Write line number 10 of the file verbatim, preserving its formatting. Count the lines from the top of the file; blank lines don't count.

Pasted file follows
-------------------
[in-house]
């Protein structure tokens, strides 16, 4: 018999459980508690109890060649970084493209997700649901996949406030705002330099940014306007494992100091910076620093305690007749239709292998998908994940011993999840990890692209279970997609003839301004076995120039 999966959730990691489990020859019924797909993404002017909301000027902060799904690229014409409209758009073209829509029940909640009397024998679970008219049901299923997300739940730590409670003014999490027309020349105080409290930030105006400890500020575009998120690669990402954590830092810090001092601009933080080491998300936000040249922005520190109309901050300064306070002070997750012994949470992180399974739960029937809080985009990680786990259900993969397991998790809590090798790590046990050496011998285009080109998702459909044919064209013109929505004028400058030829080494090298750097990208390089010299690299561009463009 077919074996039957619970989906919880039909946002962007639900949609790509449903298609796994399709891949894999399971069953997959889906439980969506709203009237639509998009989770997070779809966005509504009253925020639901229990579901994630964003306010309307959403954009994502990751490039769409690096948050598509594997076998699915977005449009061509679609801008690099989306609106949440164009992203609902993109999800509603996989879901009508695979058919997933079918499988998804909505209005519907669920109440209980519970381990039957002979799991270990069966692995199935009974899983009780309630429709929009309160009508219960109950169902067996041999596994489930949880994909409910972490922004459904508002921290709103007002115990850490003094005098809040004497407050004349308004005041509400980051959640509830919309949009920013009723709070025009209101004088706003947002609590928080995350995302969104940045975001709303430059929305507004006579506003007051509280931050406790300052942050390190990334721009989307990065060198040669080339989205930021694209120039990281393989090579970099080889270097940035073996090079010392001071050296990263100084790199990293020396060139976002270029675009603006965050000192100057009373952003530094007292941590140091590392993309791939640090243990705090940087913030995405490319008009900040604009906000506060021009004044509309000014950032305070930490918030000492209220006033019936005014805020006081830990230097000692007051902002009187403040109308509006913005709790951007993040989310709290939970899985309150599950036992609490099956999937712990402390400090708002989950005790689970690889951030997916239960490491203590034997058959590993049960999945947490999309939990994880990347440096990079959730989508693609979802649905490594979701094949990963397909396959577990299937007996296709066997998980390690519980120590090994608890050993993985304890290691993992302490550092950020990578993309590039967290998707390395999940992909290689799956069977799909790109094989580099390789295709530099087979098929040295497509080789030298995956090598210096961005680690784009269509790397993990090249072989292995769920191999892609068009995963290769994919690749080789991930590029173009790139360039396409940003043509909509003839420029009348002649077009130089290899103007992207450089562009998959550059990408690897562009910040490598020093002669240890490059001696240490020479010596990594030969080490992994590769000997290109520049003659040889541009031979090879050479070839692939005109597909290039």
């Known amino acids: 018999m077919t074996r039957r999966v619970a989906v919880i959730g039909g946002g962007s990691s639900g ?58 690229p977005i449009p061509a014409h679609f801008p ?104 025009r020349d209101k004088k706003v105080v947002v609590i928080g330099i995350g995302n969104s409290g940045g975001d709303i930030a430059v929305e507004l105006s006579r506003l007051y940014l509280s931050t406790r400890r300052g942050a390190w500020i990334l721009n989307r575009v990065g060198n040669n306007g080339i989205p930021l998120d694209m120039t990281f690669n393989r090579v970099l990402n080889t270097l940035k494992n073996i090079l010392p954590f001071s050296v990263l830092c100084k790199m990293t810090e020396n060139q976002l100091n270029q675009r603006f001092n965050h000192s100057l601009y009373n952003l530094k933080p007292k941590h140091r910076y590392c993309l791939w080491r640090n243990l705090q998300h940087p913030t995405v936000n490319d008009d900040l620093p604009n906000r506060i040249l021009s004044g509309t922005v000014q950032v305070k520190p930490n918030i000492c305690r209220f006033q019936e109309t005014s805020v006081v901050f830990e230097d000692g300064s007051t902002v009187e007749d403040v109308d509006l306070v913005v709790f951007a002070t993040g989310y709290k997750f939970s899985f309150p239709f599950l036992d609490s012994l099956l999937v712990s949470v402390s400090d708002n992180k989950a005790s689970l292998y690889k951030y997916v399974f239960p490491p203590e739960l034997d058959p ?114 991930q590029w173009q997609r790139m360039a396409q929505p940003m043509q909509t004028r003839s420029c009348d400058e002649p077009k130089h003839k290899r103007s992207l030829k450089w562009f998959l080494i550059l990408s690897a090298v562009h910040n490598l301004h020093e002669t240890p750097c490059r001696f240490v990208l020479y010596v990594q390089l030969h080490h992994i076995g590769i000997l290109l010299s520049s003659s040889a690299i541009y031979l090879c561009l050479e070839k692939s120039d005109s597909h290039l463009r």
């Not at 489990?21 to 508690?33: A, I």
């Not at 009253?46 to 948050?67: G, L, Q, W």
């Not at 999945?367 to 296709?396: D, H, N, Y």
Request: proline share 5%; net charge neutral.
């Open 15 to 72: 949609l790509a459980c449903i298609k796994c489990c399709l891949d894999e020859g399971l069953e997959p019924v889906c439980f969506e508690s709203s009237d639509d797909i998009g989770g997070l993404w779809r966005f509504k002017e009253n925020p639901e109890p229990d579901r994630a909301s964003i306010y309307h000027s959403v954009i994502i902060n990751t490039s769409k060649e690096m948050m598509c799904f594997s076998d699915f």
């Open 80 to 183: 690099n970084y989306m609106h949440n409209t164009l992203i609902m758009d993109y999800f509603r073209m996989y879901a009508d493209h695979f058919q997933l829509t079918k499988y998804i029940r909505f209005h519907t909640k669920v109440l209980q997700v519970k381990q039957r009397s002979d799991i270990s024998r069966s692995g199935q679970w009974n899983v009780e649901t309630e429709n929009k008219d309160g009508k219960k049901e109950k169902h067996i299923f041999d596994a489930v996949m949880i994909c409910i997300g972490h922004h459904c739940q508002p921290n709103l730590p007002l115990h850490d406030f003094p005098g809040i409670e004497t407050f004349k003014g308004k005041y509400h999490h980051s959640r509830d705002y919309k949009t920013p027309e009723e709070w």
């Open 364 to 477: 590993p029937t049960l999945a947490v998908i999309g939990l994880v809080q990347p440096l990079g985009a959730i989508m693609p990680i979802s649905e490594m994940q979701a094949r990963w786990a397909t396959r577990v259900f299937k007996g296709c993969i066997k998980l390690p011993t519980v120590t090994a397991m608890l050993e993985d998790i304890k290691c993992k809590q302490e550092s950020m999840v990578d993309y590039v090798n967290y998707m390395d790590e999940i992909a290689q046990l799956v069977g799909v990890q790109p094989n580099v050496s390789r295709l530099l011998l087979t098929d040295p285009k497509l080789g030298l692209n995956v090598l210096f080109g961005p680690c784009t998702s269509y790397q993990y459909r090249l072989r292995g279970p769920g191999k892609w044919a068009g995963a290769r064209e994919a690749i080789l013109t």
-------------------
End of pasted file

């Open 364 to 477: 590993p029937t049960l999945a947490v998908i999309g939990l994880v809080q990347p440096l990079g985009a959730i989508m693609p990680i979802s649905e490594m994940q979701a094949r990963w786990a397909t396959r577990v259900f299937k007996g296709c993969i066997k998980l390690p011993t519980v120590t090994a397991m608890l050993e993985d998790i304890k290691c993992k809590q302490e550092s950020m999840v990578d993309y590039v090798n967290y998707m390395d790590e999940i992909a290689q046990l799956v069977g799909v990890q790109p094989n580099v050496s390789r295709l530099l011998l087979t098929d040295p285009k497509l080789g030298l692209n995956v090598l210096f080109g961005p680690c784009t998702s269509y790397q993990y459909r090249l072989r292995g279970p769920g191999k892609w044919a068009g995963a290769r064209e994919a690749i080789l013109t």